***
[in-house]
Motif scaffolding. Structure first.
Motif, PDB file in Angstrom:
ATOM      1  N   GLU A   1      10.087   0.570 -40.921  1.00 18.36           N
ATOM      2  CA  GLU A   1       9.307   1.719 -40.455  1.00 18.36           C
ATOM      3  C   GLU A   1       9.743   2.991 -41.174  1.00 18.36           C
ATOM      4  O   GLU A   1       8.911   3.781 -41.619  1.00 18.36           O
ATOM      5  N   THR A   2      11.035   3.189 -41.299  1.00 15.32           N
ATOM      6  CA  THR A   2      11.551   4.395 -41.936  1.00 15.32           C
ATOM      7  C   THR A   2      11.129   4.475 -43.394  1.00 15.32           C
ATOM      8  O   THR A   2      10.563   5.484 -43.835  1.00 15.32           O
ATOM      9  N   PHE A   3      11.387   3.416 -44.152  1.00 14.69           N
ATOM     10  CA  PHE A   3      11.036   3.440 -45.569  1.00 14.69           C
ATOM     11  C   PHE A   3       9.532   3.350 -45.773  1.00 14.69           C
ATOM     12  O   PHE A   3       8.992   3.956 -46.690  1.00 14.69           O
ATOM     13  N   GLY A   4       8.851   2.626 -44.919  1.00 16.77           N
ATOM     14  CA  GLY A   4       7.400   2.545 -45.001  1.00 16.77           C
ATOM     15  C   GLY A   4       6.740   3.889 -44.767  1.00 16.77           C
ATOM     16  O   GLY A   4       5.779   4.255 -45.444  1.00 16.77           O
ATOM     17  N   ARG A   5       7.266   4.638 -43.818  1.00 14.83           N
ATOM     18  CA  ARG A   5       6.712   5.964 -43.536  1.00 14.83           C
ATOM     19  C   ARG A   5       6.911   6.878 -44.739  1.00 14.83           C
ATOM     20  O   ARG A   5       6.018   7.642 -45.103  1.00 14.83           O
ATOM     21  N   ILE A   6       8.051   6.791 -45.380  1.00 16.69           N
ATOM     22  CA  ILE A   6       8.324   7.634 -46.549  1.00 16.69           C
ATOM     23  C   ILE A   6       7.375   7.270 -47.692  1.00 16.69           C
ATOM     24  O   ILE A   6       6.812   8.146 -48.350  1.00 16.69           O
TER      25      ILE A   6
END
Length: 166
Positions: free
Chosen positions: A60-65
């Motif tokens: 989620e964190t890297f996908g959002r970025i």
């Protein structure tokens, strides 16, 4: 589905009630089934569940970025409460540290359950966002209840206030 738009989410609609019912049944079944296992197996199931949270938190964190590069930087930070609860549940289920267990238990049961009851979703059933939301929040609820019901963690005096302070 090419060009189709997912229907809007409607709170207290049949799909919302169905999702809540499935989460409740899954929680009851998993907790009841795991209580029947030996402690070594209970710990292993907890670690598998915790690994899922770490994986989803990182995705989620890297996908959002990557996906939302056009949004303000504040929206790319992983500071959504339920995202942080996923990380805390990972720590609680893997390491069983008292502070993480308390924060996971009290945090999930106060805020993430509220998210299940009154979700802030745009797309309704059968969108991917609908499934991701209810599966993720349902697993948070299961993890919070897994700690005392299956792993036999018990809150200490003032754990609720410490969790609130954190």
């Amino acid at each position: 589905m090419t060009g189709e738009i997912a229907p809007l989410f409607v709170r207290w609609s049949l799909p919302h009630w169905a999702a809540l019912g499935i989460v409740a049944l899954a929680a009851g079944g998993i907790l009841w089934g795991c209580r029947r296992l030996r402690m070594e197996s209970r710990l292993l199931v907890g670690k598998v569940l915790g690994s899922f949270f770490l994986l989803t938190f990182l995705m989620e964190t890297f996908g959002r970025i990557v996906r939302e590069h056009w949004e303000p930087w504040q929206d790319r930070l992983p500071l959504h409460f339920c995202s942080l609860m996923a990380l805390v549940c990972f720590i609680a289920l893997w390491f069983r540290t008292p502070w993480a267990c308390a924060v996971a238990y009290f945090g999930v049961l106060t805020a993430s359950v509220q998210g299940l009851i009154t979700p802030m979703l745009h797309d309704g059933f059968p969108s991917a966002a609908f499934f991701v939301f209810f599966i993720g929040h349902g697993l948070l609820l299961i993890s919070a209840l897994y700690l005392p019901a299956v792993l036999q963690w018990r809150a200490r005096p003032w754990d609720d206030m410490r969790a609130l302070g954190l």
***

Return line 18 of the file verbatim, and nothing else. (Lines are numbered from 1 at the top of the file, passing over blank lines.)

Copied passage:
ATOM     15  C   GLY A   4       6.740   3.889 -44.767  1.00 16.77           C